The Latest: New Jersey warns against premature sports bets
TRENTON, N.J. (AP) The Latest on whether sports betting can begin Friday in New Jersey (all times local):
New Jersey Gov. Phil Murphy says he has given himself no timetable to act on a bill to legalize sports betting.
The state Legislature passed the bill Thursday and sent it to the Democratic governor.
At an appearance Friday, Murphy said, ”We’re not sitting on it,” but declined to say when he might act.
The state’s casinos and racetracks are itching to start taking bets on sports now that New Jersey has won a U.S. Supreme Court case clearing the way for it and all the other states to do so.
New Jersey officials are cracking the whip on horse racing tracks that are contemplating starting to offer sports betting before Gov. Phil Murphy signs the bill permitting it.
The New Jersey Racing Commission has written to the state’s three horse tracks warning them not to start taking sports bets until the bill is signed.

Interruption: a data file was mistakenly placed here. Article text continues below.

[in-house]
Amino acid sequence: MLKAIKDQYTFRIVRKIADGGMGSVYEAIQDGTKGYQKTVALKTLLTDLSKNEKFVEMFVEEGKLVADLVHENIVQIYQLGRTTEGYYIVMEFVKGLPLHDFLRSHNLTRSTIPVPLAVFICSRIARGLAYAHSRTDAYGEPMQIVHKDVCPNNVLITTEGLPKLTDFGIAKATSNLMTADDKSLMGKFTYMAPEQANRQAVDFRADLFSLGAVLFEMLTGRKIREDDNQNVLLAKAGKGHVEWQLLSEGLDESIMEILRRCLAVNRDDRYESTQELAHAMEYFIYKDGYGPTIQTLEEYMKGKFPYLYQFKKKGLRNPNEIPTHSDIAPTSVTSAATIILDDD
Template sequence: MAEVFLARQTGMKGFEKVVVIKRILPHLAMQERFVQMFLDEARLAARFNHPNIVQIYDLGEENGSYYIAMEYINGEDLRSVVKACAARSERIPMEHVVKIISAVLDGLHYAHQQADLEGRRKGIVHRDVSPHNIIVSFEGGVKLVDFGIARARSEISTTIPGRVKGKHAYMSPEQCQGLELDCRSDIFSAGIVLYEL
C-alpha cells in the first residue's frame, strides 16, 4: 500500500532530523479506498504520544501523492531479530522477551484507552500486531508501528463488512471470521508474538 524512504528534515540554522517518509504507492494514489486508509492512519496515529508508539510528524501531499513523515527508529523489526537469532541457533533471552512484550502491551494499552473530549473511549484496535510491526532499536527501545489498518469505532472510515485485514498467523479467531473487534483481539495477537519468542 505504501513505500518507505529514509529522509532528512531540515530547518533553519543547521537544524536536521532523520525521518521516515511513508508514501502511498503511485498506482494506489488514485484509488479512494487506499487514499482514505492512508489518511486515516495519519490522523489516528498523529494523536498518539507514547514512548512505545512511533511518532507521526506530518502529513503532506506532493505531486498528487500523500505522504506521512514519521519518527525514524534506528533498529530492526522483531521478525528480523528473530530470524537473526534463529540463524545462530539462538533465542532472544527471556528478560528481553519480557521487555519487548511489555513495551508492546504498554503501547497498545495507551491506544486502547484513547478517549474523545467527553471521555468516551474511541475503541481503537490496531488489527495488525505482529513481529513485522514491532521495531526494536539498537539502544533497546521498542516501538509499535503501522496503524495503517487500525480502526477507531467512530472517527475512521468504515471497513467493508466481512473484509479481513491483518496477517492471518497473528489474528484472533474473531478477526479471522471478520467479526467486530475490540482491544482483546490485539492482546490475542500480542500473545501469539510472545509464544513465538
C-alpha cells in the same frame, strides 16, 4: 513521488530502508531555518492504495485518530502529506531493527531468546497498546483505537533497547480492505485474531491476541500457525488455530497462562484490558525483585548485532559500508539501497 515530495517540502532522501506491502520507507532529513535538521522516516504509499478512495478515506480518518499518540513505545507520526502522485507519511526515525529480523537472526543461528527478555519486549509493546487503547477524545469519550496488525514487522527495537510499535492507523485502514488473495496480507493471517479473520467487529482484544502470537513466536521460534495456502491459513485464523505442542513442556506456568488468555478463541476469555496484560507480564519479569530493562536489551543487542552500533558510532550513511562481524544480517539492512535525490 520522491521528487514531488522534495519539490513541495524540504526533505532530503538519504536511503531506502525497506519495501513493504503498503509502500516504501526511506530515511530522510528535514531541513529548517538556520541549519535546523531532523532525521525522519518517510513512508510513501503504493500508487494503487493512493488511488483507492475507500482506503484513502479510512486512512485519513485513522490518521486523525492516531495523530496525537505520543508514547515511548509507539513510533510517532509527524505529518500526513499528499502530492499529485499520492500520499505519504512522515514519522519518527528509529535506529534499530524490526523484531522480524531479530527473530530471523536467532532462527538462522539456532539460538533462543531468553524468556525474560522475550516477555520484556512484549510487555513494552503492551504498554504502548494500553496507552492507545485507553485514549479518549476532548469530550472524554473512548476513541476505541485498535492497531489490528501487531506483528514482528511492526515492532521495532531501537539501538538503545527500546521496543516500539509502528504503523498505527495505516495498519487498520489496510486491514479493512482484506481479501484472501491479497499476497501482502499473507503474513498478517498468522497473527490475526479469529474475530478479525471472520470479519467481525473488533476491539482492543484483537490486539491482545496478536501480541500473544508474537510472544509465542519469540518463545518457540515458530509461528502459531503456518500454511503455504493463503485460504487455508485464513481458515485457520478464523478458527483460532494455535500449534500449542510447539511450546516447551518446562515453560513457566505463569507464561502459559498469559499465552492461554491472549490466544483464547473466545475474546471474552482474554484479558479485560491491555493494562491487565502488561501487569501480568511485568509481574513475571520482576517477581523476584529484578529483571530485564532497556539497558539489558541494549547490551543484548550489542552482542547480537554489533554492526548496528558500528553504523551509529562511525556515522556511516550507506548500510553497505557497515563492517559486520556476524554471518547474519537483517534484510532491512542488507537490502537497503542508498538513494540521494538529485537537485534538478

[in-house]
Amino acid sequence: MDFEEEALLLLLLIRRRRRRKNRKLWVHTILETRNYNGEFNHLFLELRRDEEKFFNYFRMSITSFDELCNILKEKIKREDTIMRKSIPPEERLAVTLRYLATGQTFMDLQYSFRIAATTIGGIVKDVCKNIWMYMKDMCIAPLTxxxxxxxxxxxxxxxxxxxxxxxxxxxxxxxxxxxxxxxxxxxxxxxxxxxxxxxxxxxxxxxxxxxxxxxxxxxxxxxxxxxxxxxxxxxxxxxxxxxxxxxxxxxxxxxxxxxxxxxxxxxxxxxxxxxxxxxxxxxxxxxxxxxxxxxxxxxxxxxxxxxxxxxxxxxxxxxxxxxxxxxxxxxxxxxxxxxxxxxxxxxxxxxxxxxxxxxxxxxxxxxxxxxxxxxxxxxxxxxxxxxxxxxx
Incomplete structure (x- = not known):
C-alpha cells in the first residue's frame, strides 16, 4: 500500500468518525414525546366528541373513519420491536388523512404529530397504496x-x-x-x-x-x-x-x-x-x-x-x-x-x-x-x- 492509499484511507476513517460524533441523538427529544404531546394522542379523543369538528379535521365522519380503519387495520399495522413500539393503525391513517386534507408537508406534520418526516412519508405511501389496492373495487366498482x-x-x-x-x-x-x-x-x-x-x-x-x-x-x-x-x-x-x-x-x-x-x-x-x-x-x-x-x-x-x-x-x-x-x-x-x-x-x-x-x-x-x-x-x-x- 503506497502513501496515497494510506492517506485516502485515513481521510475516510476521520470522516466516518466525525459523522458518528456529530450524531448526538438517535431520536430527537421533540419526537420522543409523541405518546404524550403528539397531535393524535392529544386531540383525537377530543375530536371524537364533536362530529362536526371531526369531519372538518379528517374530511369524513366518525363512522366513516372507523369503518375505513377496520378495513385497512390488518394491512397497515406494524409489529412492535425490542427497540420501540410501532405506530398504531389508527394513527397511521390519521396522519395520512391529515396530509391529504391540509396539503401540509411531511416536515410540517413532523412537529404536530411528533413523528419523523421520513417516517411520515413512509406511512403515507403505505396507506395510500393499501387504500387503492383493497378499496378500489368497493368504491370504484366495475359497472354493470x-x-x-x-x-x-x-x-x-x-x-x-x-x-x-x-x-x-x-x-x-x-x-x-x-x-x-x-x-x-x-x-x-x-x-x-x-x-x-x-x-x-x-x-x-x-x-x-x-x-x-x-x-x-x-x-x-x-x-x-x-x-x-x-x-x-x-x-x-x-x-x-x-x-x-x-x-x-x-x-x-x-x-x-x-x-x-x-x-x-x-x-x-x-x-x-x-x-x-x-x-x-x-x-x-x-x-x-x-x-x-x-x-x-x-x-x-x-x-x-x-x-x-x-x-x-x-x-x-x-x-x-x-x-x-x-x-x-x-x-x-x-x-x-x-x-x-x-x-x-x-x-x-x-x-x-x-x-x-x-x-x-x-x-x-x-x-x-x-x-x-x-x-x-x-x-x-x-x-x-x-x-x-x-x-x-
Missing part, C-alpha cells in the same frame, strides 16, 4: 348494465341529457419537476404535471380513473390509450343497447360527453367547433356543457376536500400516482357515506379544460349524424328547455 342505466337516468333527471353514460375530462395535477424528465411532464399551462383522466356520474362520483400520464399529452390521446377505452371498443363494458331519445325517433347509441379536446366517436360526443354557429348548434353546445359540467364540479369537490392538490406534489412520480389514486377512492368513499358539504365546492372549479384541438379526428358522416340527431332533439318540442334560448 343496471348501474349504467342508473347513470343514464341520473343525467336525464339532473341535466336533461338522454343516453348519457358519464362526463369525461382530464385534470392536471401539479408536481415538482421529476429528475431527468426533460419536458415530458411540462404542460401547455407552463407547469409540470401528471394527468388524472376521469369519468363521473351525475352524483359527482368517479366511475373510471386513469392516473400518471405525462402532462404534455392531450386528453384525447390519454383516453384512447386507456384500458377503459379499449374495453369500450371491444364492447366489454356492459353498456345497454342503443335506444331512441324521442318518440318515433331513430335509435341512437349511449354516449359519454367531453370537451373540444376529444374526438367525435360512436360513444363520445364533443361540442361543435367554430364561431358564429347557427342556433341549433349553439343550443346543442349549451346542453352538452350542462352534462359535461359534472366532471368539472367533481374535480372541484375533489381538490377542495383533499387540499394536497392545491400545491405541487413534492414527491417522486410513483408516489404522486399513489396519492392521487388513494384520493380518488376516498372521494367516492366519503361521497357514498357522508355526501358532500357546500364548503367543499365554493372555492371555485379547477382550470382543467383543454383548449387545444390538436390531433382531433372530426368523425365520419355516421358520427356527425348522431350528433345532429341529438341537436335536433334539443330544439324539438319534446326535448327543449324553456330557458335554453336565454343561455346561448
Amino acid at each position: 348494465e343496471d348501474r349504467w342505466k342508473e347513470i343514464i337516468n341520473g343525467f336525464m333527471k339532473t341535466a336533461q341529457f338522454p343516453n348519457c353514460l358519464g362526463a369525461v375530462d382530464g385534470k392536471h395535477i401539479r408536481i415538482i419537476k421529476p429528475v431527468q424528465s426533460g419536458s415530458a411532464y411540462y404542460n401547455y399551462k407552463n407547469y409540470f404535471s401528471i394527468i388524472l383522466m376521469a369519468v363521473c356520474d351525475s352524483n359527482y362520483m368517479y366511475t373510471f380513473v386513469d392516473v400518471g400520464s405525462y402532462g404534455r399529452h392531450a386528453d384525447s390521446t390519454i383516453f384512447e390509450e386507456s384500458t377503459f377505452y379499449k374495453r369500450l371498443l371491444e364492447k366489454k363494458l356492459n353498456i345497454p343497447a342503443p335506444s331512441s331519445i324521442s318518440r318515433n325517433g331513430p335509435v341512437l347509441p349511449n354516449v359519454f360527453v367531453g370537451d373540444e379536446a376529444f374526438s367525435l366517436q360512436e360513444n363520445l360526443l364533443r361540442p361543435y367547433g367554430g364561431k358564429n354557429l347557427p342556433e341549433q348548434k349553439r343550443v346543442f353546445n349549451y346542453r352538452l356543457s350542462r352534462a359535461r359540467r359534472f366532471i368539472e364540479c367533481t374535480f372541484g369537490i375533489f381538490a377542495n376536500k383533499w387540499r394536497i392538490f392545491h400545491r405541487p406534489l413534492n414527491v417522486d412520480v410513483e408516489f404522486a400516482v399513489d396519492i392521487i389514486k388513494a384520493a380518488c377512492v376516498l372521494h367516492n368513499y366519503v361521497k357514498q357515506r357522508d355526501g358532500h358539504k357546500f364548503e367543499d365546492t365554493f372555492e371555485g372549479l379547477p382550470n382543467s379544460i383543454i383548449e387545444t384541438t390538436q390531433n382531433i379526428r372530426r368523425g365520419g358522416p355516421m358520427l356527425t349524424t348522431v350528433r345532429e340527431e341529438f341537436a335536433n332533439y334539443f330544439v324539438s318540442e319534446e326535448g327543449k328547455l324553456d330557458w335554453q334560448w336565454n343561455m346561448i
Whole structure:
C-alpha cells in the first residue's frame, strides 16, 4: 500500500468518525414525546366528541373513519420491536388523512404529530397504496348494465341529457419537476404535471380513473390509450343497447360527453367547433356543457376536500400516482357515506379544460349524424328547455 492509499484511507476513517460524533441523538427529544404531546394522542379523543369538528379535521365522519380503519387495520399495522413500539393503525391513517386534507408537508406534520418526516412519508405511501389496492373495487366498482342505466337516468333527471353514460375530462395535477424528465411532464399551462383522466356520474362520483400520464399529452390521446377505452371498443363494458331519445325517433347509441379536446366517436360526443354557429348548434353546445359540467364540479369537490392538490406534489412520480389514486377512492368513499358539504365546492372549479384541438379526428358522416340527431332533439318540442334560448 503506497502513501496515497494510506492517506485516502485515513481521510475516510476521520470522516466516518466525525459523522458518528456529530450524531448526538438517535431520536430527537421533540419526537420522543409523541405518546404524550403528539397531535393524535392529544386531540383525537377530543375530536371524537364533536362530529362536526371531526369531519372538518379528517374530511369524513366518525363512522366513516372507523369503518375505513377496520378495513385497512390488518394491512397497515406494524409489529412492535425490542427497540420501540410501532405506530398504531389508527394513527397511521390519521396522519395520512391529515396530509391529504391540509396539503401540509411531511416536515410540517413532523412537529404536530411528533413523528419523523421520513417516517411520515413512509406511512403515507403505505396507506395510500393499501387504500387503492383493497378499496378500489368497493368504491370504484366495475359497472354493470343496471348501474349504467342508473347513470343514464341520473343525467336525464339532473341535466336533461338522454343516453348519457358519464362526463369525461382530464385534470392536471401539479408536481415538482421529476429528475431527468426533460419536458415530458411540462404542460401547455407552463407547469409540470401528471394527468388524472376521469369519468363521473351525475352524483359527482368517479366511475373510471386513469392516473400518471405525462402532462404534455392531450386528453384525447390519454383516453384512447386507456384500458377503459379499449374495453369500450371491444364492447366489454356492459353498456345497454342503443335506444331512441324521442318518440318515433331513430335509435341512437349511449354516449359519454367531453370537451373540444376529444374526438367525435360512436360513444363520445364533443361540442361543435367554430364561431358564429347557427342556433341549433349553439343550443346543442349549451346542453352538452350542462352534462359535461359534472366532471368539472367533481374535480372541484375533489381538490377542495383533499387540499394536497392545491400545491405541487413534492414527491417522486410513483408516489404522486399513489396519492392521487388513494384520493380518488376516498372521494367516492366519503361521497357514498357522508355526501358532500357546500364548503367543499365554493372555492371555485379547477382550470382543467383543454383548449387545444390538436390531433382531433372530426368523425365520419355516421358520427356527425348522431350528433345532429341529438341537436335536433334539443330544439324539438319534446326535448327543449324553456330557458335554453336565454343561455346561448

Tracks that jump the gun could jeopardize their ability to be licensed under the new law.
In an attempted end-run around the Democratic governor, New Jersey legislators eliminated language in the bill that prohibited bets from being taken before the bill is signed.
But Racing Commission Director Frank Zanzuccki warned them late Thursday not to.
The first full day after New Jersey legislators approved a bill to legalize sports betting began with no one actually offering it yet.
But that could change by the end of the day on Friday, depending on whether casinos and racetracks are willing to move on their own and ignore the state’s Democratic governor, who has given no indication of when he might act on the bill.
All eyes are on Gov. Phil Murphy now that the state Legislature unanimously passed the bill Thursday to allow sports betting three weeks after winning a U.S. Supreme Court case that cleared the way for them and all other states to do so.
Technically, casinos and tracks are free to take bets now. But none has voiced willingness to act before the governor does.